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Gonorrhea Test

Why It Is Done

Tests for gonorrhea are done to:

  • See if a gonorrhea infection may be causing symptoms such as painful urination, anal itching or bleeding, vaginal bleeding after intercourse, or abnormal discharge from the penis or vagina.
  • Screen women who are at high risk for a gonorrhea infection. Because a gonorrhea infection does not always cause symptoms, screening is important. The U.S. Preventive Services Task Force (USPSTF) recommends routine gonorrhea screening for:1
  • Check for infection in a newborn whose mother had gonorrhea at the time of delivery.

Men who have sex with men are at higher risk for a gonorrhea infection.2

Treating a pregnant woman who has a gonorrhea infection can prevent an infection in her newborn. Screening may be done at the first prenatal visit. Another test may be done during the last 3 months of pregnancy.

In some cases, gonorrhea tests may be done to determine if a recently treated infection has been successfully treated. This is not routinely needed unless gonorrhea has occurred during pregnancy or your sex partner was not treated.

How To Prepare

Gonorrhea testing is done on:

  • Fluid collected from the area of the body that is likely to be infected. Women should not douche or use vaginal creams or medicines for at least 24 hours before having a gonorrhea test.
  • Urine. Do not urinate for 2 hours before a urine sample is collected.

How It Is Done

Direct smear

In a direct smear, a sample of body fluid is taken from the affected area. In adults, these areas may include the urethra, cervix, rectum, or eye.

  • To collect a sample from the urethra or rectum, your health professional will insert a swab into the opening of your urethra or rectum to collect a sample.
  • To collect a sample from the cervix, you will be asked to take off your clothes below the waist and drape a paper or cloth covering around your waist. You will then lie on your back on an examination table with your feet raised and supported by stirrups. This allows your health professional to examine your vagina and genital area. Your health professional will insert an instrument with curved sides (speculum camera.gif) into your vagina. The speculum gently spreads apart the vaginal walls so the inside of the vagina and the cervix can be examined. Samples are collected from the cervix with a swab or small brush.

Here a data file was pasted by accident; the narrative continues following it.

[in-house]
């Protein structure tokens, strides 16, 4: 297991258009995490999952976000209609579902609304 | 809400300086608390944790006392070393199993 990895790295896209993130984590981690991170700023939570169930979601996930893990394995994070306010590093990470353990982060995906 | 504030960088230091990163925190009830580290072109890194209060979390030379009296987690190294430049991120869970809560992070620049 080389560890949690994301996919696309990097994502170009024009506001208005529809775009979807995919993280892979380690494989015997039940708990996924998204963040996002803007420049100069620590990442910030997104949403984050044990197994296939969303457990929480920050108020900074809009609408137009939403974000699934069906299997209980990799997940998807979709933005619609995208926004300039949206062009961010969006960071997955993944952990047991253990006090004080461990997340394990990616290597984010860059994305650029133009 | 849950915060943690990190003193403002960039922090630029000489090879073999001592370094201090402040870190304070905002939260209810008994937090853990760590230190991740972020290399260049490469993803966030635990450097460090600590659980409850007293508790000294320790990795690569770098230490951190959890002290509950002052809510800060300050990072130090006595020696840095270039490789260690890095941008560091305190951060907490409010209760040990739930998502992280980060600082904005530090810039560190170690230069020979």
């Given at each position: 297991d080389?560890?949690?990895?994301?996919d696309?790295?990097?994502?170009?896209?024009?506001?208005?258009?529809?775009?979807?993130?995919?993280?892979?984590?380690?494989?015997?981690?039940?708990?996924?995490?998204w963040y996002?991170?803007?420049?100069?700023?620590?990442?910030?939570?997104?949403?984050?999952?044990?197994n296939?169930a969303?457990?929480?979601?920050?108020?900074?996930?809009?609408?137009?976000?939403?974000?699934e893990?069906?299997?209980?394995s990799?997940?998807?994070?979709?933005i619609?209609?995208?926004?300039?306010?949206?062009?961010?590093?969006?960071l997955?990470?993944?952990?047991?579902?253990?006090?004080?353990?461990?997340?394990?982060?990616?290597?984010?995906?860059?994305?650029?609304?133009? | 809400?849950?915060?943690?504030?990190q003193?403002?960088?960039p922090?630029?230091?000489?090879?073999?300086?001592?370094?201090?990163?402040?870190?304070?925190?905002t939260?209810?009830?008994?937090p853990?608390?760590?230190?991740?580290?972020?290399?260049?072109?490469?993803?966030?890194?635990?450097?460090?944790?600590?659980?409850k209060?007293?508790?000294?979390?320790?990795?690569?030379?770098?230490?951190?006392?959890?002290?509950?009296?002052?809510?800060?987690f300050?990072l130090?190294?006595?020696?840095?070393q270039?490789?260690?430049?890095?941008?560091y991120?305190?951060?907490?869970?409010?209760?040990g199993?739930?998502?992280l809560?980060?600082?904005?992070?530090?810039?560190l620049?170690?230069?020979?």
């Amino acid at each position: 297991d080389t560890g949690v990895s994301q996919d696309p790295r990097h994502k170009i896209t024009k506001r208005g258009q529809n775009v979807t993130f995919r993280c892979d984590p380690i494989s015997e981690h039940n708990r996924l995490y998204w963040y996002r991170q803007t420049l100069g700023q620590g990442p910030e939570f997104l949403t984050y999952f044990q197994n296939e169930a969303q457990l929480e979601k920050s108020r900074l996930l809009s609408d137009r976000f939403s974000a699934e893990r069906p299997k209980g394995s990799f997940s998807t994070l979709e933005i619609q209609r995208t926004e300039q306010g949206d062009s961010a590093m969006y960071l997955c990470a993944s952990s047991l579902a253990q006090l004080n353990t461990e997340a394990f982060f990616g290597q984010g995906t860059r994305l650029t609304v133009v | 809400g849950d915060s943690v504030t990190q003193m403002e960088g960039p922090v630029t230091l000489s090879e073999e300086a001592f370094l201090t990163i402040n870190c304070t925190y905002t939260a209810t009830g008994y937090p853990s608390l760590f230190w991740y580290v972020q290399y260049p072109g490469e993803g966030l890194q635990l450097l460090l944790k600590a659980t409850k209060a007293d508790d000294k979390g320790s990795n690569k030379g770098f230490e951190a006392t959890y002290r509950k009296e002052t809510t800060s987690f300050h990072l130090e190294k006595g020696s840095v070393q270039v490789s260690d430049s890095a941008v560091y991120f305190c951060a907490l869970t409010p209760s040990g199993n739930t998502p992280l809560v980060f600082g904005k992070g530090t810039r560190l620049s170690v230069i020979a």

• To collect a sample from your eye, your health professional will gently brush the insides of your lower and upper eyelids with a swab.

Urine sample

If a urine sample is collected for nucleic acid amplification testing (such as PCR or LCR testing), do not urinate for 2 hours before the test. Do not wipe the genital area clean before urinating. Collect the first part of your urine stream, immediately as you begin urinating.

There are home test kits you can use to collect a swab or urine sample and bring it to the lab for testing.

WebMD Medical Reference from Healthwise

Last Updated: January 28, 2014
This information is not intended to replace the advice of a doctor. Healthwise disclaims any liability for the decisions you make based on this information.

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